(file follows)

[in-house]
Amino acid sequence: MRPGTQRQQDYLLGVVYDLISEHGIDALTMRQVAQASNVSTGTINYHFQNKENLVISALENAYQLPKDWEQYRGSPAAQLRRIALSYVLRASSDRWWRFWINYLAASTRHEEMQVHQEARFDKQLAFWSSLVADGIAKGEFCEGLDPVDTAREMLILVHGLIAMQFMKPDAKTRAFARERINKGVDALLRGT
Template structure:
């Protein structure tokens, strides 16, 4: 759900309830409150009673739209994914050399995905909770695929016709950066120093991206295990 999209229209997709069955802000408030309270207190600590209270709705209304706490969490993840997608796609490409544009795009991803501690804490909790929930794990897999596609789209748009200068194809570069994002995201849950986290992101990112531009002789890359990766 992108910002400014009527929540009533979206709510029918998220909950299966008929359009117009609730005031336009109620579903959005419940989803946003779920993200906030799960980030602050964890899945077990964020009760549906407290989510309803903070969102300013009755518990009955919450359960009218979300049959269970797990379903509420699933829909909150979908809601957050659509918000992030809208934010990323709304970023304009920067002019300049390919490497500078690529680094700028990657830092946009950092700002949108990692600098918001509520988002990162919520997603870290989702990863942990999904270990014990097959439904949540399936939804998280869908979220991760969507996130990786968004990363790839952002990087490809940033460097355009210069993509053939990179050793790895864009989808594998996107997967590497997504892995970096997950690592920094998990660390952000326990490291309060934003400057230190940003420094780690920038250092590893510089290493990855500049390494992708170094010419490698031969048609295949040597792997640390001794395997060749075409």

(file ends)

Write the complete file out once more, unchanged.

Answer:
[in-house]
Amino acid sequence: MRPGTQRQQDYLLGVVYDLISEHGIDALTMRQVAQASNVSTGTINYHFQNKENLVISALENAYQLPKDWEQYRGSPAAQLRRIALSYVLRASSDRWWRFWINYLAASTRHEEMQVHQEARFDKQLAFWSSLVADGIAKGEFCEGLDPVDTAREMLILVHGLIAMQFMKPDAKTRAFARERINKGVDALLRGT
Template structure:
């Protein structure tokens, strides 16, 4: 759900309830409150009673739209994914050399995905909770695929016709950066120093991206295990 999209229209997709069955802000408030309270207190600590209270709705209304706490969490993840997608796609490409544009795009991803501690804490909790929930794990897999596609789209748009200068194809570069994002995201849950986290992101990112531009002789890359990766 992108910002400014009527929540009533979206709510029918998220909950299966008929359009117009609730005031336009109620579903959005419940989803946003779920993200906030799960980030602050964890899945077990964020009760549906407290989510309803903070969102300013009755518990009955919450359960009218979300049959269970797990379903509420699933829909909150979908809601957050659509918000992030809208934010990323709304970023304009920067002019300049390919490497500078690529680094700028990657830092946009950092700002949108990692600098918001509520988002990162919520997603870290989702990863942990999904270990014990097959439904949540399936939804998280869908979220991760969507996130990786968004990363790839952002990087490809940033460097355009210069993509053939990179050793790895864009989808594998996107997967590497997504892995970096997950690592920094998990660390952000326990490291309060934003400057230190940003420094780690920038250092590893510089290493990855500049390494992708170094010419490698031969048609295949040597792997640390001794395997060749075409």